• Do you believe that, or do you feel pressured because of an ideal body type you have been told to live up to?
  • Are they shaming you because they are trying to sell you something, or because they are feeling insecure about themselves?

Answering these questions really helps you see if the shame is something you actually feel of your own accord, or something you are being manipulated into feeling. Then the only question that remains is: Do you think it’s acceptable to shame someone for their body?

Change your language around exercise

Exercise is great but it’s not great because it changes your body. Exercise is great because we are physically capable beings in all sorts of ways. We are animals living on the planet with our varied unique capabilities to run and jump and dance and when we do these things we are accessing a part of our body’s potential. 

When we say we are running to lose weight, we are accidentally enforcing a negative view of exercise, that it is something we do to get a certain result. Actually, exercise is something we get to do for its own unique pleasure. So let’s try and change our language around exercise. Instead of saying: “I should go for a cycle, I feel so fat” let’s try saying: “If I go for a cycle, I might feel better about myself” or even, “I get to go for a cycle later, that will help my mood.”

When we do this, we are severing the connection between exercise and weight. Then, our exercise becomes about what our bodies can do, not what they look like. We can celebrate the bodies that can swim the extra length, can run the extra mile, or stretch a little further. 

If you can, encourage this further by making your exercise a time when you are also clearly gaining something else. For instance, play a sport that encourages socialising so you are connecting with people, not focused on losing weight. Or,do a solo activity that you dedicate to yourself as “me” time, so you are focused on self-care instead. Exercise is something our bodies get to do, not something they have to endure.

Recognise that there is no perfect body…

You might be thinking, “hold on, there is a perfect body. Jennifer Ennis has it.” In some ways, you’re correct. She does have the perfect body. She has the perfect body for being Jennifer Ennis, a professional athlete. We all exercise in our lives, but a few of us in the world exercise professionally and our bodies show it. 

So at what point did we all decide that everyone’s standard of an ideal body should be the body of someone who exercises for a living? Professional athletes do, of course, struggle with body anxiety – but they are often more concerned with making sure their body is able to do what they need it to do for their work as an athlete, not about how it looks. So what do you need your body to be able to do for you to live your life well, as whoever you are?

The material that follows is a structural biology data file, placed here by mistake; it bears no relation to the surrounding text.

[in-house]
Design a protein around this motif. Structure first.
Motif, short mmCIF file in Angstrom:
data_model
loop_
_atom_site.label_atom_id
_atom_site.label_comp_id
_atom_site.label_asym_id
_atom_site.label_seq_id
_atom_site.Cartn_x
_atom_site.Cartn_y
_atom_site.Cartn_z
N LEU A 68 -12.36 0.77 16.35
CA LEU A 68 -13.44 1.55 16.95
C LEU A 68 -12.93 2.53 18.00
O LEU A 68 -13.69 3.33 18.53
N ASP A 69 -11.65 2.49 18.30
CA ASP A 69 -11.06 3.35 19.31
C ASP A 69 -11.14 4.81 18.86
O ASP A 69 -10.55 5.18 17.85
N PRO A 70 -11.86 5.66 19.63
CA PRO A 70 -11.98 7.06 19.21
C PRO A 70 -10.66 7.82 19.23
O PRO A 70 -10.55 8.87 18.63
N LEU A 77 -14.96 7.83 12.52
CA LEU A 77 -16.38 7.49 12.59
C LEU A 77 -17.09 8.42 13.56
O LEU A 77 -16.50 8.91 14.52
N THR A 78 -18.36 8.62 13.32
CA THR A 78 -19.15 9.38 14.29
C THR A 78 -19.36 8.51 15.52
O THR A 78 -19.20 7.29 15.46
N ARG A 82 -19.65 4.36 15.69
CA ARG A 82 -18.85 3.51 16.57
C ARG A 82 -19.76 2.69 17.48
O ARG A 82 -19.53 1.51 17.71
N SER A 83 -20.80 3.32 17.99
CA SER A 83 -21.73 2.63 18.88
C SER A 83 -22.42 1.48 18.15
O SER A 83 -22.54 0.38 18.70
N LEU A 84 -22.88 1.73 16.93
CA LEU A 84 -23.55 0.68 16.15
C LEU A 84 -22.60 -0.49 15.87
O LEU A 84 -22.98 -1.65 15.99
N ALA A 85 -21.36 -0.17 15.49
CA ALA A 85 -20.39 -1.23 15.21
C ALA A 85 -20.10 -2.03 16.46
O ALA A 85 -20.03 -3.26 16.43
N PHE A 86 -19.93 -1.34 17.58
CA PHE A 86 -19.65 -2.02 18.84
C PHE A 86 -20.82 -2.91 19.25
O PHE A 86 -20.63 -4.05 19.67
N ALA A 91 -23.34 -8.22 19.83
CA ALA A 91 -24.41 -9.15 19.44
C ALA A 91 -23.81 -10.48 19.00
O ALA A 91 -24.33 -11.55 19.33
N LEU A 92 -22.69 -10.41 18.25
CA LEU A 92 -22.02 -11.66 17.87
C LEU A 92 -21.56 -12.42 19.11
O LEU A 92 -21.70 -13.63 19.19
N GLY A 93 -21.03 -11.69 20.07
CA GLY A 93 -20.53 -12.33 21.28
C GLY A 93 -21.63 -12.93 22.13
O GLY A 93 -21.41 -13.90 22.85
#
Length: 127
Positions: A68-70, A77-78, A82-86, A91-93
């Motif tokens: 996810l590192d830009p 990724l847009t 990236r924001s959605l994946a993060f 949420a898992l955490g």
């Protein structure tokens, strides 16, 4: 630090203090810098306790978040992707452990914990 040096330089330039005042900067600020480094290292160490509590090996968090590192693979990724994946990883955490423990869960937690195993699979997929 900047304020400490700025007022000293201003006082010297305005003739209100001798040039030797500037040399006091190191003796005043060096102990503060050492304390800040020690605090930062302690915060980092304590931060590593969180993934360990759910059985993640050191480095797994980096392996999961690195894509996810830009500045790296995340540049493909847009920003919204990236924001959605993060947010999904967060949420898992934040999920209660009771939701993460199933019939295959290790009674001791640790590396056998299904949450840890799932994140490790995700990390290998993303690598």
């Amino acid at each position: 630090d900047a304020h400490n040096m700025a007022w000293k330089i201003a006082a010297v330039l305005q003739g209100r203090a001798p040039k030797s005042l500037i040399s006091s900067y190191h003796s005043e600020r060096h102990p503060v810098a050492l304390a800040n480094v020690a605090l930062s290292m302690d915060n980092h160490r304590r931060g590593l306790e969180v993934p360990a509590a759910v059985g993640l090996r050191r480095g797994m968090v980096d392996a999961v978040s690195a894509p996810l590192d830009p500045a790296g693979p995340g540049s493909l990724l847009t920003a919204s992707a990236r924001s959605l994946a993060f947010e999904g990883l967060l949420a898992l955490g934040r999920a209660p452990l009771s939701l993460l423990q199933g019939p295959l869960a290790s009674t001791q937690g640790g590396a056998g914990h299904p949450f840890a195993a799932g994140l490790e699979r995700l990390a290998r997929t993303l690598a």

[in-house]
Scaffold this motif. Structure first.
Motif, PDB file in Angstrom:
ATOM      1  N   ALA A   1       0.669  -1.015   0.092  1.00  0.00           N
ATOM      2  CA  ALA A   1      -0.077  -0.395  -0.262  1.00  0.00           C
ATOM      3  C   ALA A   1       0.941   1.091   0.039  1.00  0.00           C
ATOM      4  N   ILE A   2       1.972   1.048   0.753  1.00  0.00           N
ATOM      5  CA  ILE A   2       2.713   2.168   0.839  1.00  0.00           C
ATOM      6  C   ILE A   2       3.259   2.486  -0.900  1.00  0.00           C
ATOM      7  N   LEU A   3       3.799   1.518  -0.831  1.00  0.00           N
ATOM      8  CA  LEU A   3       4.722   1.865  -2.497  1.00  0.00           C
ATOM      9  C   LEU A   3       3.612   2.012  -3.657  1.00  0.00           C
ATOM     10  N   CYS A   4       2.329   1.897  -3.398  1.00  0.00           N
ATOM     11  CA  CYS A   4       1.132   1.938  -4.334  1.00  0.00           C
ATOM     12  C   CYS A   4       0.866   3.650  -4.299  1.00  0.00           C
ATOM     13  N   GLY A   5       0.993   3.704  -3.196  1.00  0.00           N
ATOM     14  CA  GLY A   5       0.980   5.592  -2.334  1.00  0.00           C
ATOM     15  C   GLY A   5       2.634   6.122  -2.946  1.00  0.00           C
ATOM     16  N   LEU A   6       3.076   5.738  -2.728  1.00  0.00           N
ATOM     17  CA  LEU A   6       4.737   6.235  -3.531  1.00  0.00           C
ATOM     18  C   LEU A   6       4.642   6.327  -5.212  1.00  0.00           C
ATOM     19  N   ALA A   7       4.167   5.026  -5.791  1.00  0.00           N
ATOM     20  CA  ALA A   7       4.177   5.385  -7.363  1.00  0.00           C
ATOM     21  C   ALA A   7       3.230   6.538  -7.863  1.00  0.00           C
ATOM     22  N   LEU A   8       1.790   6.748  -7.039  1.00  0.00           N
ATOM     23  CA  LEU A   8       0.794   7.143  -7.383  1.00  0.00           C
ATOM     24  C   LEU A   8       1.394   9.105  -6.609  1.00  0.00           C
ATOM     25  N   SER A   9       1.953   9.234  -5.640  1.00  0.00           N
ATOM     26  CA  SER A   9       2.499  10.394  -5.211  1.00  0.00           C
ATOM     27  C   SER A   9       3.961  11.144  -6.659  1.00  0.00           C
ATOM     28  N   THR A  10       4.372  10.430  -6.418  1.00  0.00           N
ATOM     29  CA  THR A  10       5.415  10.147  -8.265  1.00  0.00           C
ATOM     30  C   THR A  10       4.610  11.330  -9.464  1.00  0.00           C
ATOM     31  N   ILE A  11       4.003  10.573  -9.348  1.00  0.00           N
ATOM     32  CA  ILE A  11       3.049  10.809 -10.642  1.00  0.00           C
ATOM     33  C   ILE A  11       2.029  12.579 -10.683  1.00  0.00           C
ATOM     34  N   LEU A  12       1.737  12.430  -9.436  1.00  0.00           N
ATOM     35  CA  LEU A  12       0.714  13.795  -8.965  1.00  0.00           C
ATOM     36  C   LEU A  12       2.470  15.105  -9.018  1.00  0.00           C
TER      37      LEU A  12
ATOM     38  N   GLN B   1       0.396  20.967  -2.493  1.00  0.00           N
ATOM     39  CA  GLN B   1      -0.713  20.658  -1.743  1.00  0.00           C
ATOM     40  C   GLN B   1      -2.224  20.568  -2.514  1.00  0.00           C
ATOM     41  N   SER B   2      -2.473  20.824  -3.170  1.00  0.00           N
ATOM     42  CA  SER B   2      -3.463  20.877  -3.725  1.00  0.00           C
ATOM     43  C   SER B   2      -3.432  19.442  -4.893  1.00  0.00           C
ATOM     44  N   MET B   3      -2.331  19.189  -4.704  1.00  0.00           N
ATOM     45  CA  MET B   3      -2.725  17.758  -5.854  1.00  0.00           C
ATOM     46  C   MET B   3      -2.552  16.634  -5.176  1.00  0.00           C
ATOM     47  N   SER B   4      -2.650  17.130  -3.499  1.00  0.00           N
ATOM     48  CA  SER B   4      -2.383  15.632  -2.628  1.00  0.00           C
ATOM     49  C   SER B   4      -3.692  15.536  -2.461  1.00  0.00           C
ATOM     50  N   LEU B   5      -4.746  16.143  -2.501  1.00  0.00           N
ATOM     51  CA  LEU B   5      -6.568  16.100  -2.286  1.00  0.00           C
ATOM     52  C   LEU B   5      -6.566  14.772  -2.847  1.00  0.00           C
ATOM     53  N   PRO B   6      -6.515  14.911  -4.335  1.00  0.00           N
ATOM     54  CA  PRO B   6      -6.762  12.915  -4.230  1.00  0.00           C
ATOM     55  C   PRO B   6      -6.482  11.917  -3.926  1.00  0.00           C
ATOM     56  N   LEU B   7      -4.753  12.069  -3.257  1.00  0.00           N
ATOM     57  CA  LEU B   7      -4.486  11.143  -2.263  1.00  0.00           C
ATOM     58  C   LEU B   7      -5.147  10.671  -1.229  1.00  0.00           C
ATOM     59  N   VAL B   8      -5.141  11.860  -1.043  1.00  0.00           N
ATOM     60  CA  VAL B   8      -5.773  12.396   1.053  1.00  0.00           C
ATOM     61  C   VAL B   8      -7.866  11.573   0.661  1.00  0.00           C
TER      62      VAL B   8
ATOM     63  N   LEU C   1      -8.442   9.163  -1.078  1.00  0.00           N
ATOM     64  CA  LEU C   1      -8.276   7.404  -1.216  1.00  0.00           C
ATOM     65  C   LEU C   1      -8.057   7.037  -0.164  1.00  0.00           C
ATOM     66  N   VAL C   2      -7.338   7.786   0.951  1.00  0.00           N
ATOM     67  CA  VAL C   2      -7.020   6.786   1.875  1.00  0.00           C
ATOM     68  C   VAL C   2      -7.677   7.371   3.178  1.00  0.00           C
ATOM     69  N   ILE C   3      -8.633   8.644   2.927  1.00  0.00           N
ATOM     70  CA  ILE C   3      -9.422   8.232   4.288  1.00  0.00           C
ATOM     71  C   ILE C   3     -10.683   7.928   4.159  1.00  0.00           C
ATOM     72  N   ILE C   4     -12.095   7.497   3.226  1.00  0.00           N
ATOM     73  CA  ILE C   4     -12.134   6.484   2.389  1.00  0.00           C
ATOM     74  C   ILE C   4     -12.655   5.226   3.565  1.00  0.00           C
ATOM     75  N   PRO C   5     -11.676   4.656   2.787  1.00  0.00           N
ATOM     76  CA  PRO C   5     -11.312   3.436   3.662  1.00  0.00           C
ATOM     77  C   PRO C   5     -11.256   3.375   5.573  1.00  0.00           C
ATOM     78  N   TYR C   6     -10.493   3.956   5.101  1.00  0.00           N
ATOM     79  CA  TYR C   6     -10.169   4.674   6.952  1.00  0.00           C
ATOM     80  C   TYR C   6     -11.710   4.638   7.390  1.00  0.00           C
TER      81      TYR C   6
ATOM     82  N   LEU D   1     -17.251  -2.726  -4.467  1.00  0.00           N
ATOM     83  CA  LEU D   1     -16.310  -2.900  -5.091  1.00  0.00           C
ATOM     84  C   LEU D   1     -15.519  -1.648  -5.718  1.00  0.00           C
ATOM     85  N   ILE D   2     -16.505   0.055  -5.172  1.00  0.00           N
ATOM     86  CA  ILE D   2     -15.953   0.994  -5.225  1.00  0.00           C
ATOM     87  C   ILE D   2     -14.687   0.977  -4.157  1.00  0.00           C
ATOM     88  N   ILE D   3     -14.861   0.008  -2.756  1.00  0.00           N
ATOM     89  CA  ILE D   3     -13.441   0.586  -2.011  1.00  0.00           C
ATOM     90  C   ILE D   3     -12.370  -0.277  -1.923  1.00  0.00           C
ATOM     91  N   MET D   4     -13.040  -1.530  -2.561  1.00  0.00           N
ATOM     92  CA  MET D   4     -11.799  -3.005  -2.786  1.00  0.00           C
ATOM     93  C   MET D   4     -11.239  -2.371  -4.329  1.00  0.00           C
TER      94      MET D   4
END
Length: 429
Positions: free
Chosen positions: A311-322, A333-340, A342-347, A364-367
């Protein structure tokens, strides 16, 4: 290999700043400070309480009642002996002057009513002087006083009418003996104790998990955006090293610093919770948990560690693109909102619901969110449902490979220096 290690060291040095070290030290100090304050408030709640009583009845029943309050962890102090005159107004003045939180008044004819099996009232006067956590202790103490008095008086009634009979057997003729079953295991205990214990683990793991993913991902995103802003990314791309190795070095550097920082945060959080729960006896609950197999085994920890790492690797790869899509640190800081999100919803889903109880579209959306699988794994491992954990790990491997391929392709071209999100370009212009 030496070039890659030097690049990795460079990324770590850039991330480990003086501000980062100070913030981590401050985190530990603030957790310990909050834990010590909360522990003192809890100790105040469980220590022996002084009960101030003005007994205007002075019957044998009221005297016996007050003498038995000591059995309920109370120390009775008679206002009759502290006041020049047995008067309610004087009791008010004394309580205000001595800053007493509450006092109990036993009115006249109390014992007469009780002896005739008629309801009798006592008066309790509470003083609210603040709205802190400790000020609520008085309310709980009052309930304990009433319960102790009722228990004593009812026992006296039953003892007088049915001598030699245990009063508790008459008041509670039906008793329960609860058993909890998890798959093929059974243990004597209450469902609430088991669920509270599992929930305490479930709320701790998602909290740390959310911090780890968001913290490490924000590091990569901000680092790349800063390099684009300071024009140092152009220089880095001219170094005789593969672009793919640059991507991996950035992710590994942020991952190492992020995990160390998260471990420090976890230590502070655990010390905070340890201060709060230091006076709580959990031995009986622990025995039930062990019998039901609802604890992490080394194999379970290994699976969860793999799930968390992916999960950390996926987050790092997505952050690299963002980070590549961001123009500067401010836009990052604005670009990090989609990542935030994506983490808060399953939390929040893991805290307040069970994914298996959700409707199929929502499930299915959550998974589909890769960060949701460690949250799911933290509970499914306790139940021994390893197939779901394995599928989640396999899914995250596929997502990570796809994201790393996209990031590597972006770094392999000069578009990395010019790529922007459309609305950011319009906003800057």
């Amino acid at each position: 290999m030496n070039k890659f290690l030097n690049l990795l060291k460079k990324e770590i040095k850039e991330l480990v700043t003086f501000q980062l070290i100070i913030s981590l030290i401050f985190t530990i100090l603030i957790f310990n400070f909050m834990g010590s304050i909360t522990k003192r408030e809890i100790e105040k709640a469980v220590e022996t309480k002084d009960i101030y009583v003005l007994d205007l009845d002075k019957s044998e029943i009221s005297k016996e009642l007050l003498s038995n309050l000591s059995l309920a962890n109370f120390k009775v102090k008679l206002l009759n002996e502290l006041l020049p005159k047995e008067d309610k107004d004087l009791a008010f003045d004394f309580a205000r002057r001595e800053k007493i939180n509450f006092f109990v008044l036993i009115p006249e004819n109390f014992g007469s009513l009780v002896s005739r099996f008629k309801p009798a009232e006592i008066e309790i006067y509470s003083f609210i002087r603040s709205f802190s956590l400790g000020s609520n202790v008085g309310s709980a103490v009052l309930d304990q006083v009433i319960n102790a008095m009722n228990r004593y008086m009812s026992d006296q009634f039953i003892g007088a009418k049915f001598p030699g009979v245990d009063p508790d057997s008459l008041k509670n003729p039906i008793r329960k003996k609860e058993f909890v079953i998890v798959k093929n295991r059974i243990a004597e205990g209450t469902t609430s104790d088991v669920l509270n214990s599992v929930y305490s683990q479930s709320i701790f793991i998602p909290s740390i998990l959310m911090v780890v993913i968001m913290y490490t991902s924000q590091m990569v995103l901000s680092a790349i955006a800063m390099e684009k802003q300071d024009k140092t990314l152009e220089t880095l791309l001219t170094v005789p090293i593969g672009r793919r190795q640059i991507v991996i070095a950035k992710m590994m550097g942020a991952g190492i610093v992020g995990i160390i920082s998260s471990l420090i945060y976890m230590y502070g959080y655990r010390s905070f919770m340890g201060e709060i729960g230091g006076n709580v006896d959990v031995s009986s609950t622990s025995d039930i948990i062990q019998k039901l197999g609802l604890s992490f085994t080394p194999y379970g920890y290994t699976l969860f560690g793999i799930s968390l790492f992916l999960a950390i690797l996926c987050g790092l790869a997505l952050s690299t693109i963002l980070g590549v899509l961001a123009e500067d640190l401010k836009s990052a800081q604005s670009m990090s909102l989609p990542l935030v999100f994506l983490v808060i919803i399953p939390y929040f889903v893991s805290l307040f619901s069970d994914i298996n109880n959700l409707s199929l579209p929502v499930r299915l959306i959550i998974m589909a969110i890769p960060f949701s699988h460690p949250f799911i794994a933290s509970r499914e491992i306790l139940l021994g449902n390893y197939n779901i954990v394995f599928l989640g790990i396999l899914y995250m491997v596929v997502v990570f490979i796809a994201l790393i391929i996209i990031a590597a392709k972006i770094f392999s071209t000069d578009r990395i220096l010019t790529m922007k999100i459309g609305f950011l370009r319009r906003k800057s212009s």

The perfect body is a myth because it doesn’t account for what people need in their lives. If you need to work twelve-hour shifts as a nurse to be fulfilled and happy, then you are likely not going to have the body of Jennifer Ennis, who spends the same amount of time training her body. There is no perfect body because…

Because nobody’s perfect…

Our expectations of our bodies are often out of sync with the reality we are living. We look at someone else’s life and their body and think that we can shame ourselves, work ourselves into that body. It just isn’t true.

Reality is always shifting and our bodies change with them; pandemics come, illness too, business and holidays and lifestyle adjustments and families – it’s irrational for us to believe that we should have a perfect body that remains completely unchanged by our imperfect lives and all the trials and tribulations and excitements that they bring.

We can be so cruel about our bodies, in ways we would never be cruel to our friends and family. So maybe think about the thoughts you have about your own body and ask yourself if you would be angry if someone said those things about your best friend. Are you treating your body kindly? Are you treating it with respect and patience it deserves?

Because health doesn’t come from shame. Health comes from caring for ourselves with acceptance and learning to like ourselves, mind, soul and body.

About the Author: Emma Hinds

Emma is a writer living and working in Manchester. She is a mental health advocate and has been blogging about mental health for the last ten years. Emma has a history of eating disorders and is currently living with a diagnosis of OCD and chronic depression. She has been working specifically with young people struggling with their mental health for the last four years and is now supporting the Lily Jo Project’s On Track follow up schools programs. You can see Emma’s work and follow her mental health blog here. You can also follow her on socials here: twitter@EmmaLouisePH and instagram@elphreads.